463312 Design of Membrane-Embedded Amphiphilic Nanoparticles from Atomistic Molecular Dynamics Simulations

Thursday, November 17, 2016: 1:40 PM
Golden Gate 6 (Hilton San Francisco Union Square)
Reid Van Lehn, Chemical and Biological Engineering, University of Wisconsin-Madison, Madison, WI and Alfredo Alexander-Katz, Department of Materials Science and Engineering, Massachusetts Institute of Technology, Cambridge, MA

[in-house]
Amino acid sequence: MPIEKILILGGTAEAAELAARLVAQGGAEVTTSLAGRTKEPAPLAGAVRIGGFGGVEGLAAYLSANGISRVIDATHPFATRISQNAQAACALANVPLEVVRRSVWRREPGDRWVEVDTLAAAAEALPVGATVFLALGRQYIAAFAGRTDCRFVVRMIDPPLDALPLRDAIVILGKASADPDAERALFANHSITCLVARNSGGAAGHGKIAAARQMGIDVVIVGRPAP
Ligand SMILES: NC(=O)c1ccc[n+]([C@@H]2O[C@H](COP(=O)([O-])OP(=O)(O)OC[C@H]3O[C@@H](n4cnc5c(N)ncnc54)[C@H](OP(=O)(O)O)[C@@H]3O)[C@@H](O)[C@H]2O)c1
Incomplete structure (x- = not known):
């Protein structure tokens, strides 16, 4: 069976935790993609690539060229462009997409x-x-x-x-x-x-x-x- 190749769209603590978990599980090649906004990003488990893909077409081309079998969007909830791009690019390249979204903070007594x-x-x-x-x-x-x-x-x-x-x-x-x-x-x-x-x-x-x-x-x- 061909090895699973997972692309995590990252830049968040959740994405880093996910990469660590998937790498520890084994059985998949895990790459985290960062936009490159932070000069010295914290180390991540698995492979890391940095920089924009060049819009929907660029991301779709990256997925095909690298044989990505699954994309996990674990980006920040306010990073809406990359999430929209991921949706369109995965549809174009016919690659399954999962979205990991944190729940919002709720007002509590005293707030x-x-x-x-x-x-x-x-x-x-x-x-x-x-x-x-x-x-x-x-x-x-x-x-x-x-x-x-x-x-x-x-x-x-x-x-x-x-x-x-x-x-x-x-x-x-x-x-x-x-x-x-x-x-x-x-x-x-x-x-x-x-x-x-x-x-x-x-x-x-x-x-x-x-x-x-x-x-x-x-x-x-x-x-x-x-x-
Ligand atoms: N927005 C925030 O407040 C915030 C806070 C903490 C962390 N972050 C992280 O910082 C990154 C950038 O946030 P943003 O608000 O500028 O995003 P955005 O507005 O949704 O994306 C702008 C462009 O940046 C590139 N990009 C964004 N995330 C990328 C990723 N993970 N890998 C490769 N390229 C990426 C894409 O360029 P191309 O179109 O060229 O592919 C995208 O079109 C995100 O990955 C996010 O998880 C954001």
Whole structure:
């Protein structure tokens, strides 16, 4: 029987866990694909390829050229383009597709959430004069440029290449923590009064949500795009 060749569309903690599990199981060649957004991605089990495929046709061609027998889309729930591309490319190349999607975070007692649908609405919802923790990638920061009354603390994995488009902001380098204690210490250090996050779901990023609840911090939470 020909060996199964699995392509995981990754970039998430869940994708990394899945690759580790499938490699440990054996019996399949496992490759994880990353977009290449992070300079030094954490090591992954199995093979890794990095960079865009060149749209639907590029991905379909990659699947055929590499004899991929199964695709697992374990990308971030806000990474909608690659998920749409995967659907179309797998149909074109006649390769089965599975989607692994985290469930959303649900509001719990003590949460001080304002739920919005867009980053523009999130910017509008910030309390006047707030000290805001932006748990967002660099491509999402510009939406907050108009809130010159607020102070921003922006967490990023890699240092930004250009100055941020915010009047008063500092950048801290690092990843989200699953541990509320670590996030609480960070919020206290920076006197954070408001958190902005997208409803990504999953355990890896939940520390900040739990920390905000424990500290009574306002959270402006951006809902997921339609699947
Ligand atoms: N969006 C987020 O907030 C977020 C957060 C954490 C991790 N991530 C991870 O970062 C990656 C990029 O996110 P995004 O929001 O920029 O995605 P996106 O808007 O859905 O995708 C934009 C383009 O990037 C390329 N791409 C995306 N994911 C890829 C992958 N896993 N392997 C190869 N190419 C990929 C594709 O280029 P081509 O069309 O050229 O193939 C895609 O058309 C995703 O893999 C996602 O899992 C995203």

Monolayer-protected nanoparticles (NPs) are a versatile materials platform useful for biological applications because features of the protecting monolayer can be engineered to tailor interactions with the biological milieu. Recently, amphiphilic NPs with surface properties that mimic typical globular proteins were shown to enter cells via a non-endocytic, non-disruptive process that could be of broad interest for applications in drug or gene delivery. Here, we use detailed atomistic molecular dynamics simulations to gain molecular insight into these experimental observations. We find that the amphiphilic NPs insert into the bilayer to obtain a configuration resembling a membrane-embedded protein due to favorable interactions between hydrophobic molecules on the NP surface and the hydrophobic bilayer core. We identify a kinetic pathway for insertion that mimics the early onset of vesicle-vesicle fusion. Our calculations also suggest that charged ligand end groups cross the bilayer on experimentally relevant timescales that are significantly more rapid than expected. Finally, we leverage this mechanistic understanding to design monolayer compositions optimized for bilayer insertion and cellular uptake. This work emphasizes that carefully tuning NP surface coatings to resemble existing biological materials permits favorable interactions with the cell membrane, enabling the creation of new nano-bio hybrid materials with properties similar to those of membrane proteins.

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